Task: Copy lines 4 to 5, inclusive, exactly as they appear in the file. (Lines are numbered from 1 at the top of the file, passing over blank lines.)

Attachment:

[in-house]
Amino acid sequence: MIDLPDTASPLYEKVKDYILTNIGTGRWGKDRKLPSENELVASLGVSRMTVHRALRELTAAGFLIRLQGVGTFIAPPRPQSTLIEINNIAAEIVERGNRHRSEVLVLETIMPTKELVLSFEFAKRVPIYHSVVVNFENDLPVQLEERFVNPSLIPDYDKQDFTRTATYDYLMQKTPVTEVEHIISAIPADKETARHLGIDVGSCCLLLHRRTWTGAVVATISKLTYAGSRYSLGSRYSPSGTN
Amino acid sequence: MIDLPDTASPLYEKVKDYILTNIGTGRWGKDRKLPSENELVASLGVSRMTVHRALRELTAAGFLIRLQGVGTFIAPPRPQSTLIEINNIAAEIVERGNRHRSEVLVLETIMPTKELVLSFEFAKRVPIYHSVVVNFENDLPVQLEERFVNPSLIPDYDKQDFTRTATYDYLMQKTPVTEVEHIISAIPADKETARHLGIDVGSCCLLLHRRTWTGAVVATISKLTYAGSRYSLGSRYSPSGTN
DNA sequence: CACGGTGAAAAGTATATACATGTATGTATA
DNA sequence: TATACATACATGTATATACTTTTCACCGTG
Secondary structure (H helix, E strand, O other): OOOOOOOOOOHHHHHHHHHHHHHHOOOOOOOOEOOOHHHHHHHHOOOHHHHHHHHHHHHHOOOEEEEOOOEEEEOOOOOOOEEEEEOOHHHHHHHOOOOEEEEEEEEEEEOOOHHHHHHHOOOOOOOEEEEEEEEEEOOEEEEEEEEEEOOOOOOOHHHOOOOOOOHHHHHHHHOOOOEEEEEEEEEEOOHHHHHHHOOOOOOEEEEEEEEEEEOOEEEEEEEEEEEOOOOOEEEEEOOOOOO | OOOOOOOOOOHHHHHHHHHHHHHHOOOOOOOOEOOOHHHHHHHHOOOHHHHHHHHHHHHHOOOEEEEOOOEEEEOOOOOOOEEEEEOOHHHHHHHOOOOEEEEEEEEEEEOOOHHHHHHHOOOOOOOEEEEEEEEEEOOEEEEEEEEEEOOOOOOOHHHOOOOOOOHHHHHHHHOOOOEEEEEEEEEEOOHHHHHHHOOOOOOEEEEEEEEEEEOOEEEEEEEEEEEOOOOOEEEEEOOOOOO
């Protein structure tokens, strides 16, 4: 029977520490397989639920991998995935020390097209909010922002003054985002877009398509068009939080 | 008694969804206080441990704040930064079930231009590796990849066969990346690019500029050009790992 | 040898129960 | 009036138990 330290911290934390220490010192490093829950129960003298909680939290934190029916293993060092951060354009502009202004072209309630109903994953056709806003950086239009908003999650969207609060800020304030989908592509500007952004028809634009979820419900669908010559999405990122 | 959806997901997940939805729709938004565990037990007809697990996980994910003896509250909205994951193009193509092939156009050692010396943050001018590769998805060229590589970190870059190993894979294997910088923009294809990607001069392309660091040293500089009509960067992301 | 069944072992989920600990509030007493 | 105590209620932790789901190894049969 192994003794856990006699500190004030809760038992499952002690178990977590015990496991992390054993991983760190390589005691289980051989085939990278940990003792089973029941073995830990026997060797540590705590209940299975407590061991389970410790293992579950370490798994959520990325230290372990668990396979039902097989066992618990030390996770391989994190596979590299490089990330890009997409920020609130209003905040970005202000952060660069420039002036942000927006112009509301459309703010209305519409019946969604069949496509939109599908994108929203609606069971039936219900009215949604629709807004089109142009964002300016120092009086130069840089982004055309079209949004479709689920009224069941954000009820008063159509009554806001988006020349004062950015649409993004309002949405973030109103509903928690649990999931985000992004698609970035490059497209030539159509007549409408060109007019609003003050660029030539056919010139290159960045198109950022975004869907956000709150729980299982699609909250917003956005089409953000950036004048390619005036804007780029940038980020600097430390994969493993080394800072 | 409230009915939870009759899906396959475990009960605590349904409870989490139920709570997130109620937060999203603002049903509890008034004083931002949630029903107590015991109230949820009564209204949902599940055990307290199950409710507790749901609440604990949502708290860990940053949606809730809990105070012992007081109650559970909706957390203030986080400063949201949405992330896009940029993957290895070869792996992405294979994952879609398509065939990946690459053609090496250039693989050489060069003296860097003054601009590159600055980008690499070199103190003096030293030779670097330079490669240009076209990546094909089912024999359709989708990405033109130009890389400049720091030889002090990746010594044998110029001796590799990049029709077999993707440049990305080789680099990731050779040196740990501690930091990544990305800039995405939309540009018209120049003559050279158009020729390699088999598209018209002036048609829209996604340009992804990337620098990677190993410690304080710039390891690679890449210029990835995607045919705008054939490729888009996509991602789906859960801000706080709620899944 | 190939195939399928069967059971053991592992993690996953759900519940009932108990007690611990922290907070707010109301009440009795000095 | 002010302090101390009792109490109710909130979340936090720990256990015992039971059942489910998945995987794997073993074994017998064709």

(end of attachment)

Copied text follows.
DNA sequence: CACGGTGAAAAGTATATACATGTATGTATA
DNA sequence: TATACATACATGTATATACTTTTCACCGTG